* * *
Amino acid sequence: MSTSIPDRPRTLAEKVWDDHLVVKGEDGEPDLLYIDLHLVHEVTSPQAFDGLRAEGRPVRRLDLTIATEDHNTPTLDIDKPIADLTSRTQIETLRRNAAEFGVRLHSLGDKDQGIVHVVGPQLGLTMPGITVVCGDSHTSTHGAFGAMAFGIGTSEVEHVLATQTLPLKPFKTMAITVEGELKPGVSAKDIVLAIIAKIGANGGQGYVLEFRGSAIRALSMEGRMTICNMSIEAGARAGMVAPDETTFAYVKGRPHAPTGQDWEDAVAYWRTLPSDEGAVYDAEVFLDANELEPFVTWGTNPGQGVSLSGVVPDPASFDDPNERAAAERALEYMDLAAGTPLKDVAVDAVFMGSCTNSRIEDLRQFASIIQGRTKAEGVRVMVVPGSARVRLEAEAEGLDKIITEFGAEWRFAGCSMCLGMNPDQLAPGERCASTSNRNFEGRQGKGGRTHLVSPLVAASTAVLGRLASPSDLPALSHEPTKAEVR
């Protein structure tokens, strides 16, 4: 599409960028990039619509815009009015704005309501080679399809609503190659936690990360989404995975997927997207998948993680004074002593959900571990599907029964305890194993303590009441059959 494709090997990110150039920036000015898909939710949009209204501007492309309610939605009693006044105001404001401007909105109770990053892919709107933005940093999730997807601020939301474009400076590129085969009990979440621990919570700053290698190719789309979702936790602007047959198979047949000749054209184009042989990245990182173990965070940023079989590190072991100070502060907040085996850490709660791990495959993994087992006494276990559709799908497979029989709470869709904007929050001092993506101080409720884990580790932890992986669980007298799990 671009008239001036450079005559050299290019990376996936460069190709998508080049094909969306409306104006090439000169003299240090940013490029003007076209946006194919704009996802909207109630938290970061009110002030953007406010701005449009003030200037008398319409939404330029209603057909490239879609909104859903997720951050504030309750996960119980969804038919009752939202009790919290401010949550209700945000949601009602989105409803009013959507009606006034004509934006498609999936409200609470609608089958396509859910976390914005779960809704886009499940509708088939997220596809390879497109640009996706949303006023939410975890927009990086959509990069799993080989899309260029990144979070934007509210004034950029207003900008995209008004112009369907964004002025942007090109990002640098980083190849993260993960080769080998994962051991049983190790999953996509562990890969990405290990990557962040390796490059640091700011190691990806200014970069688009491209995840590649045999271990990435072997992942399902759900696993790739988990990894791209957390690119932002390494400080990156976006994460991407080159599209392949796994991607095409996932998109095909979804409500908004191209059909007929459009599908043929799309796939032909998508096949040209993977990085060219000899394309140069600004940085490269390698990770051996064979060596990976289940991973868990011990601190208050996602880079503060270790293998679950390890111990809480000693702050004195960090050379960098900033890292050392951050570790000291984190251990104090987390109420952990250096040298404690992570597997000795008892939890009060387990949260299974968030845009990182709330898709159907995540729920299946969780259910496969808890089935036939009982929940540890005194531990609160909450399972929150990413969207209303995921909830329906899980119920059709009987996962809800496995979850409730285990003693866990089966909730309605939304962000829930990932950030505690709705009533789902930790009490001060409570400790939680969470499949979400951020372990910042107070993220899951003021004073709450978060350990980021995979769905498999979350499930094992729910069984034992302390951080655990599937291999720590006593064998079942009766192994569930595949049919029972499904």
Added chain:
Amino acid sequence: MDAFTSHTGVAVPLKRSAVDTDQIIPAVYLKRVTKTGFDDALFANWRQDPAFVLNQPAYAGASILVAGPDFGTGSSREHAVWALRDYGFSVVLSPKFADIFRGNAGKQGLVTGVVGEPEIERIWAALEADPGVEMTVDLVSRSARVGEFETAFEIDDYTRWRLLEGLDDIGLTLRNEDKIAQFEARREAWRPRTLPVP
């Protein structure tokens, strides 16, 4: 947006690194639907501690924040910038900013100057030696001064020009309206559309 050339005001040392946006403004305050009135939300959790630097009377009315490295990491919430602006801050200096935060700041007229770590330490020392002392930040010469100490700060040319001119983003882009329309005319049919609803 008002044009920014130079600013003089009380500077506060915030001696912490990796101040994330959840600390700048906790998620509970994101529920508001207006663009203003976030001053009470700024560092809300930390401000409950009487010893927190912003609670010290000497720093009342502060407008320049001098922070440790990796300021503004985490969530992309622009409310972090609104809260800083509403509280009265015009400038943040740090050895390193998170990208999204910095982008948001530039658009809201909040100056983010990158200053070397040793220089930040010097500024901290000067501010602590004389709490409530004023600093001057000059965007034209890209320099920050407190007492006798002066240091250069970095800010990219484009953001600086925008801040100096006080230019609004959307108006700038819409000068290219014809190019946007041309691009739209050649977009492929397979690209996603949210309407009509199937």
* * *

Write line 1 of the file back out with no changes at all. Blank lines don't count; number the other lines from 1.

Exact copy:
Amino acid sequence: MSTSIPDRPRTLAEKVWDDHLVVKGEDGEPDLLYIDLHLVHEVTSPQAFDGLRAEGRPVRRLDLTIATEDHNTPTLDIDKPIADLTSRTQIETLRRNAAEFGVRLHSLGDKDQGIVHVVGPQLGLTMPGITVVCGDSHTSTHGAFGAMAFGIGTSEVEHVLATQTLPLKPFKTMAITVEGELKPGVSAKDIVLAIIAKIGANGGQGYVLEFRGSAIRALSMEGRMTICNMSIEAGARAGMVAPDETTFAYVKGRPHAPTGQDWEDAVAYWRTLPSDEGAVYDAEVFLDANELEPFVTWGTNPGQGVSLSGVVPDPASFDDPNERAAAERALEYMDLAAGTPLKDVAVDAVFMGSCTNSRIEDLRQFASIIQGRTKAEGVRVMVVPGSARVRLEAEAEGLDKIITEFGAEWRFAGCSMCLGMNPDQLAPGERCASTSNRNFEGRQGKGGRTHLVSPLVAASTAVLGRLASPSDLPALSHEPTKAEVR